Sometimes when I let someone read my poetry or a novel manuscript, he or she asks me, “How do you come up with this stuff?” and sometimes along the lines of, “I didn’t know you can write this. You look so quiet and sweet!” Of course they’re assuming I incorporated my life and experiences into my work. I don’t go into detail about my inspiration, so I’m vague with my answers. I used to think drawing upon my life for work inspiration was a terrible thing because I wasn’t showing enough creativity and I was exploitative. Yet over the years, I realized all writers do this, and there’s nothing wrong with that.
Two days ago, I watched the 2012 movie “The Words” with Bradley Cooper. It’s a Russian nesting doll of narratives about a young, struggling author who finds an old manuscript while on his honeymoon and publishes it as his own. While watching the movie, I discovered that the theme is fiction may be a story spun out of make believe, but there is always a grain of truth and an element of the writer in them.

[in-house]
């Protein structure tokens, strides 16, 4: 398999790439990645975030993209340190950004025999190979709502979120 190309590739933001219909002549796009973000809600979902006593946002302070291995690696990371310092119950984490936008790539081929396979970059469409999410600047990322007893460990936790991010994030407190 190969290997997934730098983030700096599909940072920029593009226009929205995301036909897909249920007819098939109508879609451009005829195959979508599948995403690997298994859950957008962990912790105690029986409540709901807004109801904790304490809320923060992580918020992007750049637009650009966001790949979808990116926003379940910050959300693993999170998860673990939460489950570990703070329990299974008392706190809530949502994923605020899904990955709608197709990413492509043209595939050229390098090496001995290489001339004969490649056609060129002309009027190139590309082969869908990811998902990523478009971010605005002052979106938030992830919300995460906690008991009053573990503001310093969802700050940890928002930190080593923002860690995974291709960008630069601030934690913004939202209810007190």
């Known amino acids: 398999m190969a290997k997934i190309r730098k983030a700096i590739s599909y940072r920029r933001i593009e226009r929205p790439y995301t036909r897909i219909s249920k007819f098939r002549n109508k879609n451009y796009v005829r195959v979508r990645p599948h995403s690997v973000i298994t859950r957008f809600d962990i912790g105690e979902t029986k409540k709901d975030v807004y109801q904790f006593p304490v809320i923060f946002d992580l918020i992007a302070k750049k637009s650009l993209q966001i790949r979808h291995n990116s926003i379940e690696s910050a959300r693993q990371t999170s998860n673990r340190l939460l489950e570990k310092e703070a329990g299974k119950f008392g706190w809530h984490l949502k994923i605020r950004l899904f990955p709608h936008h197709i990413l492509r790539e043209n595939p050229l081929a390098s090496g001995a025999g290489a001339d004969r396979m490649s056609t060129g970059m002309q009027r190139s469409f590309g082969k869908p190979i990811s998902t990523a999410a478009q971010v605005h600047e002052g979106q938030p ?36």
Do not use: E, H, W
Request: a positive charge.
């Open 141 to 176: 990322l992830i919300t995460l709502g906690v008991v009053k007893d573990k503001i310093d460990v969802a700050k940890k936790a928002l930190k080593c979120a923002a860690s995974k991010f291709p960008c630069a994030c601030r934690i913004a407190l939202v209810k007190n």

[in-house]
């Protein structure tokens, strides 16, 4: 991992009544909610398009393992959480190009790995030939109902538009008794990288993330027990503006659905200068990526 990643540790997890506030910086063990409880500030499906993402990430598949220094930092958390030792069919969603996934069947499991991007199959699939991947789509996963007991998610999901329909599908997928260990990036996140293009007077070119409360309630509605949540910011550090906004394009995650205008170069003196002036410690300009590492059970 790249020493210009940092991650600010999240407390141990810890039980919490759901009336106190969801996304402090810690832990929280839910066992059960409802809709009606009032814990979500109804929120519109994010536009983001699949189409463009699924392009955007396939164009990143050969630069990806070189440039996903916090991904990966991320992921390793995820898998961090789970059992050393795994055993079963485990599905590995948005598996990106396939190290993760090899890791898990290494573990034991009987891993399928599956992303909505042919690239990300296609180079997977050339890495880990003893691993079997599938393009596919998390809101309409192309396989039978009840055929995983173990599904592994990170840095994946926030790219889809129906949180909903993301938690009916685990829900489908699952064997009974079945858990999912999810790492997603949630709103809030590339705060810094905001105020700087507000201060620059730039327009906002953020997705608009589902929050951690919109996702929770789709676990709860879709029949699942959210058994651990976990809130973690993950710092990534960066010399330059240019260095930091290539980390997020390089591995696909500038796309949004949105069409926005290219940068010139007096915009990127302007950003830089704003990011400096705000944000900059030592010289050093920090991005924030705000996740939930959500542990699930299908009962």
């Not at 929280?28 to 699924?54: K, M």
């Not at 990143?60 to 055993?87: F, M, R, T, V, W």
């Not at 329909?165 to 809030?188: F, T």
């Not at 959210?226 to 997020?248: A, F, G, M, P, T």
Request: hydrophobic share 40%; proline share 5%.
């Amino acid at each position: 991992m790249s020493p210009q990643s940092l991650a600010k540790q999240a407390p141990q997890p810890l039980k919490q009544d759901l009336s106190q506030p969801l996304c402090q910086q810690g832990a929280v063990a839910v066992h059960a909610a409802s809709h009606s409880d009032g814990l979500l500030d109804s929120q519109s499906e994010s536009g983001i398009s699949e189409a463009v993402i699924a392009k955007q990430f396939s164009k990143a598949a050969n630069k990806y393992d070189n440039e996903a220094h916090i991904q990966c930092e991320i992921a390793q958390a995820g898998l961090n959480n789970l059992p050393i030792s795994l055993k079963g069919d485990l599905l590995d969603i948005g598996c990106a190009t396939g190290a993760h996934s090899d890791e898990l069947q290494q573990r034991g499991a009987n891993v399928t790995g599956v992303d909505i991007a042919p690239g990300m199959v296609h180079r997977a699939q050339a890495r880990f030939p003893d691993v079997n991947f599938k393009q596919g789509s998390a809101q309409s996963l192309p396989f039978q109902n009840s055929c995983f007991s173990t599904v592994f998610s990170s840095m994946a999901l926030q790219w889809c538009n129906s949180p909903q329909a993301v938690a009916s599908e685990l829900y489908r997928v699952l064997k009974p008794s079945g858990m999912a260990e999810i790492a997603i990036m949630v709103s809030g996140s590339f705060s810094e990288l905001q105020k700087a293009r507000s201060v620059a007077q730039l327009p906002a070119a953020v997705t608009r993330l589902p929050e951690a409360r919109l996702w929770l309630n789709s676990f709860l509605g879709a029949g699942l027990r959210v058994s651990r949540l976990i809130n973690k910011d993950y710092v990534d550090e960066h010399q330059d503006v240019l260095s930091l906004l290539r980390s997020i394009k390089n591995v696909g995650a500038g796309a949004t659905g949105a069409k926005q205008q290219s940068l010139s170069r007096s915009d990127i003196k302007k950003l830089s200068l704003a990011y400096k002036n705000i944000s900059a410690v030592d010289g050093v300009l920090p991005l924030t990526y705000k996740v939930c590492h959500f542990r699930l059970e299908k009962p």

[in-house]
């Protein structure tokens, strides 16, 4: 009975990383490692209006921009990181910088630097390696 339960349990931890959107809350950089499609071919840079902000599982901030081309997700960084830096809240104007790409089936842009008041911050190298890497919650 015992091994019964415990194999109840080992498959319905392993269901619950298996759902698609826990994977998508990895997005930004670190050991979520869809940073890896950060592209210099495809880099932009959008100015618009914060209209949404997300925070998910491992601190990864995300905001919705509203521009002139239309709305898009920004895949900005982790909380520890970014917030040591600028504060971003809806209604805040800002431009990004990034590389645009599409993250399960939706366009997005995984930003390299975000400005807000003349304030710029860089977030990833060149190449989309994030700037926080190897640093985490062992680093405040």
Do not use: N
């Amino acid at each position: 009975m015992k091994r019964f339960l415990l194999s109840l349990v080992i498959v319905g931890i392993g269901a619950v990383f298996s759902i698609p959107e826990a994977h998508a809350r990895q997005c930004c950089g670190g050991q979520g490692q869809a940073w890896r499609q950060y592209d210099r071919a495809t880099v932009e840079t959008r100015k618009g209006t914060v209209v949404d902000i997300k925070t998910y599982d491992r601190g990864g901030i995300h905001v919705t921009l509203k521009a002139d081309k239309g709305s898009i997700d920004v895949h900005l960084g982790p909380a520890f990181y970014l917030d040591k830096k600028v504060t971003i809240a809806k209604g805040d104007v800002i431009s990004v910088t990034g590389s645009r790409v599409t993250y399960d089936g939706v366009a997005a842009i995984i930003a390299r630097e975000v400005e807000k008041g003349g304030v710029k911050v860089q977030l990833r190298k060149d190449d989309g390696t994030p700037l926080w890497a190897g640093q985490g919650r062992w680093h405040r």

It turned out I was right about the movie’s theme. At one point, Clay Hammond, the Dennis Quaid character, said:
“At some point, you have to choose between life and fiction. The two are very close, but they never actually touch.”
Sometimes it’s scary for a writer to put his or her own life on paper because that is their soul. When the work gets rejected, it’s like getting rejected as a person. When a loved one gets mad or upset that they’re being written about, it seems like a betrayal. Guess what? That’s all okay because it’s the writer’s work. I’m okay with it because I’ll do what I want with my writing. And I’d much rather put my soul on paper than to actually talk about my life with some stranger of a shrink.